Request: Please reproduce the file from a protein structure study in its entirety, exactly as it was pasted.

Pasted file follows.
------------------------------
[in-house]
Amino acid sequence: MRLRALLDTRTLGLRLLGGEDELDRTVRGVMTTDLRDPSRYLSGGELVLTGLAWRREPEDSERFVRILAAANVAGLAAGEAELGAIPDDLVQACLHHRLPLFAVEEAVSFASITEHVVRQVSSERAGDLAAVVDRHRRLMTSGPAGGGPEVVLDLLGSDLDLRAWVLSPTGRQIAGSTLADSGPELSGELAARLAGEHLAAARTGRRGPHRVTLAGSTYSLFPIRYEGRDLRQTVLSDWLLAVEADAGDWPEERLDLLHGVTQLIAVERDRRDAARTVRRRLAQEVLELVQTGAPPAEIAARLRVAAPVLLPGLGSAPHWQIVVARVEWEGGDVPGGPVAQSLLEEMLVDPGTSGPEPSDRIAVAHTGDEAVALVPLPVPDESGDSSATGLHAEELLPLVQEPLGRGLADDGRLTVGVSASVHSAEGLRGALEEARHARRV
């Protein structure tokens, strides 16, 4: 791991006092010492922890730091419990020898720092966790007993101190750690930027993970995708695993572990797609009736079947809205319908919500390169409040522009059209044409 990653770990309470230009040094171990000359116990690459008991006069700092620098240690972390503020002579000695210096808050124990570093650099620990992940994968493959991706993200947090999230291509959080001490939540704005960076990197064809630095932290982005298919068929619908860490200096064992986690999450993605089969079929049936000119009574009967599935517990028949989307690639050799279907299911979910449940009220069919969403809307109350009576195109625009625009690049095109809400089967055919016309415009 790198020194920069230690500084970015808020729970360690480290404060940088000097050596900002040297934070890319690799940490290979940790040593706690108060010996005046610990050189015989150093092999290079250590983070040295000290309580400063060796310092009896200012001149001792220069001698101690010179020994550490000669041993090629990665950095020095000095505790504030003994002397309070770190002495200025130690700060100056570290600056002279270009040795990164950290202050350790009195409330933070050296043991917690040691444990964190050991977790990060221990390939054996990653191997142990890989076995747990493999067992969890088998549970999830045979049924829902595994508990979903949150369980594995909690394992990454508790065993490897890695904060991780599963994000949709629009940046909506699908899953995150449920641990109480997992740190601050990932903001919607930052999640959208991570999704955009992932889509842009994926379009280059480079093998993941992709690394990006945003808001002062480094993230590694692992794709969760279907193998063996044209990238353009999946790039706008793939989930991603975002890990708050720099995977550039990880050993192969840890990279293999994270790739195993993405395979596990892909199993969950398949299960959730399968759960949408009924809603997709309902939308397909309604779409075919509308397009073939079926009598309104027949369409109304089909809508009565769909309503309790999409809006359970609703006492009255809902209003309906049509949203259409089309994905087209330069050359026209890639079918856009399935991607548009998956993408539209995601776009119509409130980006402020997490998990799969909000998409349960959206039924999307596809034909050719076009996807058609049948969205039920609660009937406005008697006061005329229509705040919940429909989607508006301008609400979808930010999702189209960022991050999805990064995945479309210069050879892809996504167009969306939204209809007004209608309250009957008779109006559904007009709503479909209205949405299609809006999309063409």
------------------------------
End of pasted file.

[in-house]
Amino acid sequence: MRLRALLDTRTLGLRLLGGEDELDRTVRGVMTTDLRDPSRYLSGGELVLTGLAWRREPEDSERFVRILAAANVAGLAAGEAELGAIPDDLVQACLHHRLPLFAVEEAVSFASITEHVVRQVSSERAGDLAAVVDRHRRLMTSGPAGGGPEVVLDLLGSDLDLRAWVLSPTGRQIAGSTLADSGPELSGELAARLAGEHLAAARTGRRGPHRVTLAGSTYSLFPIRYEGRDLRQTVLSDWLLAVEADAGDWPEERLDLLHGVTQLIAVERDRRDAARTVRRRLAQEVLELVQTGAPPAEIAARLRVAAPVLLPGLGSAPHWQIVVARVEWEGGDVPGGPVAQSLLEEMLVDPGTSGPEPSDRIAVAHTGDEAVALVPLPVPDESGDSSATGLHAEELLPLVQEPLGRGLADDGRLTVGVSASVHSAEGLRGALEEARHARRV
């Protein structure tokens, strides 16, 4: 791991006092010492922890730091419990020898720092966790007993101190750690930027993970995708695993572990797609009736079947809205319908919500390169409040522009059209044409 990653770990309470230009040094171990000359116990690459008991006069700092620098240690972390503020002579000695210096808050124990570093650099620990992940994968493959991706993200947090999230291509959080001490939540704005960076990197064809630095932290982005298919068929619908860490200096064992986690999450993605089969079929049936000119009574009967599935517990028949989307690639050799279907299911979910449940009220069919969403809307109350009576195109625009625009690049095109809400089967055919016309415009 790198020194920069230690500084970015808020729970360690480290404060940088000097050596900002040297934070890319690799940490290979940790040593706690108060010996005046610990050189015989150093092999290079250590983070040295000290309580400063060796310092009896200012001149001792220069001698101690010179020994550490000669041993090629990665950095020095000095505790504030003994002397309070770190002495200025130690700060100056570290600056002279270009040795990164950290202050350790009195409330933070050296043991917690040691444990964190050991977790990060221990390939054996990653191997142990890989076995747990493999067992969890088998549970999830045979049924829902595994508990979903949150369980594995909690394992990454508790065993490897890695904060991780599963994000949709629009940046909506699908899953995150449920641990109480997992740190601050990932903001919607930052999640959208991570999704955009992932889509842009994926379009280059480079093998993941992709690394990006945003808001002062480094993230590694692992794709969760279907193998063996044209990238353009999946790039706008793939989930991603975002890990708050720099995977550039990880050993192969840890990279293999994270790739195993993405395979596990892909199993969950398949299960959730399968759960949408009924809603997709309902939308397909309604779409075919509308397009073939079926009598309104027949369409109304089909809508009565769909309503309790999409809006359970609703006492009255809902209003309906049509949203259409089309994905087209330069050359026209890639079918856009399935991607548009998956993408539209995601776009119509409130980006402020997490998990799969909000998409349960959206039924999307596809034909050719076009996807058609049948969205039920609660009937406005008697006061005329229509705040919940429909989607508006301008609400979808930010999702189209960022991050999805990064995945479309210069050879892809996504167009969306939204209809007004209608309250009957008779109006559904007009709503479909209205949405299609809006999309063409």